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Ras Karkar

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Title: Ras Karkar  
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Subject: Ramallah and al-Bireh Governorate, Al-Janiya, Deir Ibzi, Deir as-Sudan, Saffa, Ramallah
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Ras Karkar

Ras Karkar
Other transcription(s)
 • Arabic رأس كركر
Ras Karkar
Ras Karkar
Ras Karkar is located in the Palestinian territories
Ras Karkar
Ras Karkar
Location of Ras Karkar within Palestine
Palestine grid 159/150
Governorate Ramallah & al-Bireh
 • Type Municipality
Population (2007)
 • Jurisdiction 1,663
Name meaning The Hill-top[1]

Ras Karkar (Arabic: رأس كركر‎) is a Palestinian village in the Ramallah and al-Bireh Governorate, located 11 kilometers (6.8 mi) northwest of Ramallah in the northern West Bank. According to the Palestinian Central Bureau of Statistics (PCBS), the town had a population of 1,663 inhabitants in 2007.[2]


Potsherds from the Hellenistic, Mamluk and early Ottoman era have been found.[3]

Ottoman era

The village, also known as Ras Ibn Samhan, is topped with a castle on a high, rocky and sharply sloping mountain surrounded by cactus trees. One of the many throne villages (a central village dominated by a semi-feudal family which controlled tens of villages around it) in Palestine, the castle of the Samhan family, erected in 18th or 19th century, is the subject of a preservation effort, and provides proof of the great power and wealth held by its owners at the time.[4][5]

The chief Sheikh of the Simhan family was Isma'il, who was killed by Ibrahim Pasha in the 1834 uprising. After Isma'il, Hasan es-Sa'id and Mohammah ibn Isma'il became the rulers.[6]

Ras Karkar was ruled by Sheikh Ismail Ibn Samhan who was respected and appreciated by his clan for the many contributions and support that he provided. Sheikh Ismail was killed by the Abu Ghosh family which controlled another throne village near Ras Karkar, and the castle was handed over to his nephew Hussein.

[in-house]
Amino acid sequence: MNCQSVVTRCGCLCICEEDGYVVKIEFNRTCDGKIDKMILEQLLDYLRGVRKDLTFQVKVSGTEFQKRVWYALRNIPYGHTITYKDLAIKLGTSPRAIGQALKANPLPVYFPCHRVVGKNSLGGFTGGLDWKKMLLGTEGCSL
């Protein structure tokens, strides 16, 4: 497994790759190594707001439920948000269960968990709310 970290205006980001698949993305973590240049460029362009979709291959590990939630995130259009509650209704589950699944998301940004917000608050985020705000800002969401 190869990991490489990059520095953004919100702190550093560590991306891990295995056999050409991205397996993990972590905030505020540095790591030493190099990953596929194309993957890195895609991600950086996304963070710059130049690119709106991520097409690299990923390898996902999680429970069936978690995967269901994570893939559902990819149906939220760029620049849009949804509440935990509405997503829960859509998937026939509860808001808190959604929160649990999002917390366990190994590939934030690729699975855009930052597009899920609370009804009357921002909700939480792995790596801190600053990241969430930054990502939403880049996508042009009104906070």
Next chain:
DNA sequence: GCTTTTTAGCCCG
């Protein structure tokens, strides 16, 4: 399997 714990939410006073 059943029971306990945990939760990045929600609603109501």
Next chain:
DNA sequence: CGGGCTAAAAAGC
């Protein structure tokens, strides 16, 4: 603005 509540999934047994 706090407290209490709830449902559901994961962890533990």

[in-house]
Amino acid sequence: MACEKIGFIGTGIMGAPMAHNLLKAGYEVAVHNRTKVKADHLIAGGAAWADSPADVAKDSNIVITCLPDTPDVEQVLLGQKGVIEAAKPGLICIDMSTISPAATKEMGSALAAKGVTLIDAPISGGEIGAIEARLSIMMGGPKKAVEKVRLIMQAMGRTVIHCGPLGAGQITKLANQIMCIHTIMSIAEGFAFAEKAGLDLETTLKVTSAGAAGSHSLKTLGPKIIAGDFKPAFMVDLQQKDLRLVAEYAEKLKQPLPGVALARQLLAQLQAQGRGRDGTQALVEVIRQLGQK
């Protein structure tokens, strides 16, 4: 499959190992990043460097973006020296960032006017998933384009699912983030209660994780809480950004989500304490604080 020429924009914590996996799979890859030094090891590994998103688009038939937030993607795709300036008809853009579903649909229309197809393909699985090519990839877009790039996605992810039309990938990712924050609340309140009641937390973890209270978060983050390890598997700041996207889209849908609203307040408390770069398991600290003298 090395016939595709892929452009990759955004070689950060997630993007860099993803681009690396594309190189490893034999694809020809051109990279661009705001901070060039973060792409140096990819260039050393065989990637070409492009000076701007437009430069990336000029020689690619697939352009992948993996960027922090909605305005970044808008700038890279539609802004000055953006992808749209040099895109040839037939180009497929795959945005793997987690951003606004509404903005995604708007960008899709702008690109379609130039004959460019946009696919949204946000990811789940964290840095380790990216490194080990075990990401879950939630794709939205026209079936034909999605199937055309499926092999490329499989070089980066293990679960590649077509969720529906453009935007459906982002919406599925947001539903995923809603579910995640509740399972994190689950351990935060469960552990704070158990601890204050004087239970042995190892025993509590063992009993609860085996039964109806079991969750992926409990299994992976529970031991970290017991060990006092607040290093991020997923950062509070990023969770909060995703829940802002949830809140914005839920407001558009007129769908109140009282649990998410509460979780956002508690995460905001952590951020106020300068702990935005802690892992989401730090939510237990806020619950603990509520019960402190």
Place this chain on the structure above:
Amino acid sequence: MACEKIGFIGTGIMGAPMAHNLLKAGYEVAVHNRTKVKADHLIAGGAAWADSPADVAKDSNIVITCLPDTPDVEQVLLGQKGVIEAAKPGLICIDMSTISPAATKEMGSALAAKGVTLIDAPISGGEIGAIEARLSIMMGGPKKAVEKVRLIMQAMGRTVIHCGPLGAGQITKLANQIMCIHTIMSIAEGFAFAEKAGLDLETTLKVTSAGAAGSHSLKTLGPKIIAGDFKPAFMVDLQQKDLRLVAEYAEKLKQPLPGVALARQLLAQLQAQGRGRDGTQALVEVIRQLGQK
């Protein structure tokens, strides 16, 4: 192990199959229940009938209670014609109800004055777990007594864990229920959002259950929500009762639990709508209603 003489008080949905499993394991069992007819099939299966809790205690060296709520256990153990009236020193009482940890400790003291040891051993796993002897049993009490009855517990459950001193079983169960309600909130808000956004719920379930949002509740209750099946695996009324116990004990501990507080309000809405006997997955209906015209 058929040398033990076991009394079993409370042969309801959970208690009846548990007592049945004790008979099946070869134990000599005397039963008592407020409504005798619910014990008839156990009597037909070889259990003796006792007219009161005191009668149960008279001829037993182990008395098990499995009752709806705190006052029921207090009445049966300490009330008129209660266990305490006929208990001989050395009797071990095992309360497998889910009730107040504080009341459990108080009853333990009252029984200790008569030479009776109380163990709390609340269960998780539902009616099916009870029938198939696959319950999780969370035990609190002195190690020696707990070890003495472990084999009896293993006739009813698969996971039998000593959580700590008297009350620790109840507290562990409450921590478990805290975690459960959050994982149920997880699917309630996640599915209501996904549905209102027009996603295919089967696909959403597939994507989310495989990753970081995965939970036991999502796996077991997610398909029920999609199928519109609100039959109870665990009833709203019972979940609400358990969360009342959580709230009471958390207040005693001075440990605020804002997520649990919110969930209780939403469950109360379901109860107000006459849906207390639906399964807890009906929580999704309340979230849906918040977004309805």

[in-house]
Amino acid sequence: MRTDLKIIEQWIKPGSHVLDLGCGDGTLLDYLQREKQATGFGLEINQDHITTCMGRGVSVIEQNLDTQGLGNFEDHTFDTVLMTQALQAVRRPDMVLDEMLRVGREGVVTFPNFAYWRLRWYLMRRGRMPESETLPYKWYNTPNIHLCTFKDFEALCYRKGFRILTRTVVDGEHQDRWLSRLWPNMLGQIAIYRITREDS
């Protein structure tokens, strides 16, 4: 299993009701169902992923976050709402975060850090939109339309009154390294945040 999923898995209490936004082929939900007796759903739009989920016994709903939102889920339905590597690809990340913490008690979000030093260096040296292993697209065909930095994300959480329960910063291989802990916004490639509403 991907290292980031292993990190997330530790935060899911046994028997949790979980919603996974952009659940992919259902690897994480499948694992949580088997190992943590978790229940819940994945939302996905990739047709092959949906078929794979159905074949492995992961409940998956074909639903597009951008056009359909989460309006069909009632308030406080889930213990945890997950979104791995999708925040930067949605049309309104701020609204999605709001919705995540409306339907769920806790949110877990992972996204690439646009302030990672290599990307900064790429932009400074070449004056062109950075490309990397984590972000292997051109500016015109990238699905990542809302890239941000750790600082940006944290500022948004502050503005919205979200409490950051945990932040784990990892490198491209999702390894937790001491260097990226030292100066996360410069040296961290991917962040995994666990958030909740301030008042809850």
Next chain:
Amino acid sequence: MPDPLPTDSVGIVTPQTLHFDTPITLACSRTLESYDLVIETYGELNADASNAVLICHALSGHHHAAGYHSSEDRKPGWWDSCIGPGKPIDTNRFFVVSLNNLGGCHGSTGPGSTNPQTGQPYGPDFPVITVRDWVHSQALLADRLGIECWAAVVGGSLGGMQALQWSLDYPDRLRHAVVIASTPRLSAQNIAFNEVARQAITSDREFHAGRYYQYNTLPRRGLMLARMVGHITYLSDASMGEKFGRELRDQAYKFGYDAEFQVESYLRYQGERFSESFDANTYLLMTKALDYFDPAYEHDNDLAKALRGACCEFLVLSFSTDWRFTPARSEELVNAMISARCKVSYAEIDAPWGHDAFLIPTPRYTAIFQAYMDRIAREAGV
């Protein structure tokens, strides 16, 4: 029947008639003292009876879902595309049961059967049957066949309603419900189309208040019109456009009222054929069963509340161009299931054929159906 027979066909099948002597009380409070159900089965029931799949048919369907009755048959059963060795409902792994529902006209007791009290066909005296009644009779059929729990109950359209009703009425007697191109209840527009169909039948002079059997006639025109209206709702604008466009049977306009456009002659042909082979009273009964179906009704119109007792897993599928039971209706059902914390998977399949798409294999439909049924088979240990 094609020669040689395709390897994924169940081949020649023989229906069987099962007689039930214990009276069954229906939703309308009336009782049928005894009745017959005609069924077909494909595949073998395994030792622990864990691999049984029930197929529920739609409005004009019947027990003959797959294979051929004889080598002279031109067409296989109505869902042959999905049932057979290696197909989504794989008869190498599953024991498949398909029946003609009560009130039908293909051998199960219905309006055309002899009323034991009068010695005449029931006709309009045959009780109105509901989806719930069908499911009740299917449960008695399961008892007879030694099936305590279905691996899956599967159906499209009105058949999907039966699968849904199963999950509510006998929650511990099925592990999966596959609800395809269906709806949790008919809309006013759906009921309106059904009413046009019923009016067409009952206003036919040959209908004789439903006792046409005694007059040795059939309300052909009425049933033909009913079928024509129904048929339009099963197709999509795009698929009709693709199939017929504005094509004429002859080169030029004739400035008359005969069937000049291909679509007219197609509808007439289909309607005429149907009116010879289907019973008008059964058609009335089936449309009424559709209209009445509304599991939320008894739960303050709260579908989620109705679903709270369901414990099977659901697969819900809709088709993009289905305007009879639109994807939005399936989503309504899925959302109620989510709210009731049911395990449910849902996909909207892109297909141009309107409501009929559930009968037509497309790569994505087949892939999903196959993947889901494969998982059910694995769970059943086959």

In 1882 the Palestine Exploration Fund's Survey of Western Palestine (SWP) described Ras Kerker as "A small village in a lofty position, with a spring below it on the north. In the middle of the village is a fortress built about 50 year since. The place was the seat of the great native family of Beni Simhan."[7]

British Mandate era

In a census conducted in 1922 by the British Mandate authorities, Ras Kerker had a population of 209, all Muslims,[8] increasing in the 1931 census to 291, still all Muslims, in a total of 75 houses.[9]

In 1945 the population was 340, all Arabs, while the total land area was 5,883 dunams, according to an official land and population survey.[10] Of this, 3,366 were allocated for plantations and irrigable land, 1,237 for cereals,[11] while 12 dunams were classified as built-up areas.[12]


In the wake of the 1948 Arab–Israeli War, and after the 1949 Armistice Agreements, Ras Karkar came under Jordanian rule.


After Six-Day War in 1967, Ras Karkar has been under Israeli occupation.

The majestic castle is surrounded with historic buildings, overlooking to the west the mountains leading to the Mediterranean Sea and to the south, the city of Jerusalem. The village fields below are planted with olive trees.

Entering the now abandoned castle from the northern gate leads to a large courtyard surrounded by a row of rooms. Al-Iliyeh, which is the highest room in the three-floor castle, was used for administrative purposes and as the Sheikh's private refuge. Narrow hallways and oil storage containers, as well as decorations and poems carved in the castle's walls and stones are among the things one can see there.


  1. ^ Palmer, 1881, p. 240
  2. ^ 2007 PCBS Census. Palestinian Central Bureau of Statistics. p.114.
  3. ^ Finkelstein et al, 1997, p. 221
  4. ^
  5. ^ Grossmann 1986:358, cited in Finkelstein et al, 1997, p. 222
  6. ^ Macalister and Masterman, 1905, p. 354
  7. ^ Conder and Kitchener, 1882, SWP II, pp. 294-295
  8. ^ Barron, 1923, Table VII, Sub-district of Ramallah, p. 17
  9. ^ Mills, 1932, p. 50.
  10. ^ Government of Palestine, Department of Statistics. Village Statistics, April, 1945. Quoted in Hadawi, 1970, p. 65
  11. ^ Government of Palestine, Department of Statistics. Village Statistics, April, 1945. Quoted in Hadawi, 1970, p. 112
  12. ^ Government of Palestine, Department of Statistics. Village Statistics, April, 1945. Quoted in Hadawi, 1970, p. 162


External links

  • Welcome To Ras Karkar
  • Survey of Western Palestine, Map 14: IAA,
  • Ras Karkar Village (Fact Sheet), ARIJ
  • Ras Karkar Village Profile, ARIJ
  • Ras Karkar Areal photo, ARIJ
  • Throne villages, with Ibn Sahman Castle, Ras Karkar, RIWAQ
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